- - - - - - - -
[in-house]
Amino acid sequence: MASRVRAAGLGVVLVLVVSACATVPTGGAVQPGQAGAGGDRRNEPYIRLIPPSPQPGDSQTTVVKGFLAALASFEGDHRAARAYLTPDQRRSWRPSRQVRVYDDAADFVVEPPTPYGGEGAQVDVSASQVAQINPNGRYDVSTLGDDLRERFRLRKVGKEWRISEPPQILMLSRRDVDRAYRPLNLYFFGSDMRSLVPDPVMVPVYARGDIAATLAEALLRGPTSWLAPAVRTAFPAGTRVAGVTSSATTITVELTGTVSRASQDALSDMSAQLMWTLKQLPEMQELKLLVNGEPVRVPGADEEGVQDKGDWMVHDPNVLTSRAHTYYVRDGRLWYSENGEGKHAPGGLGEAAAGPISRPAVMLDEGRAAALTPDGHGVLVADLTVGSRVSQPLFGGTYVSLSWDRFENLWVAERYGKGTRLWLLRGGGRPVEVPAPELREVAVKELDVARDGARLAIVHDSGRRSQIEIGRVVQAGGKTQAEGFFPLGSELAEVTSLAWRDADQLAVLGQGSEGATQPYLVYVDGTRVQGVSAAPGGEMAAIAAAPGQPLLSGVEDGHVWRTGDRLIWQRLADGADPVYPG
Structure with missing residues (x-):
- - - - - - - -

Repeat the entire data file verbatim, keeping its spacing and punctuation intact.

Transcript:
[in-house]
Amino acid sequence: MASRVRAAGLGVVLVLVVSACATVPTGGAVQPGQAGAGGDRRNEPYIRLIPPSPQPGDSQTTVVKGFLAALASFEGDHRAARAYLTPDQRRSWRPSRQVRVYDDAADFVVEPPTPYGGEGAQVDVSASQVAQINPNGRYDVSTLGDDLRERFRLRKVGKEWRISEPPQILMLSRRDVDRAYRPLNLYFFGSDMRSLVPDPVMVPVYARGDIAATLAEALLRGPTSWLAPAVRTAFPAGTRVAGVTSSATTITVELTGTVSRASQDALSDMSAQLMWTLKQLPEMQELKLLVNGEPVRVPGADEEGVQDKGDWMVHDPNVLTSRAHTYYVRDGRLWYSENGEGKHAPGGLGEAAAGPISRPAVMLDEGRAAALTPDGHGVLVADLTVGSRVSQPLFGGTYVSLSWDRFENLWVAERYGKGTRLWLLRGGGRPVEVPAPELREVAVKELDVARDGARLAIVHDSGRRSQIEIGRVVQAGGKTQAEGFFPLGSELAEVTSLAWRDADQLAVLGQGSEGATQPYLVYVDGTRVQGVSAAPGGEMAAIAAAPGQPLLSGVEDGHVWRTGDRLIWQRLADGADPVYPG
Structure with missing residues (x-):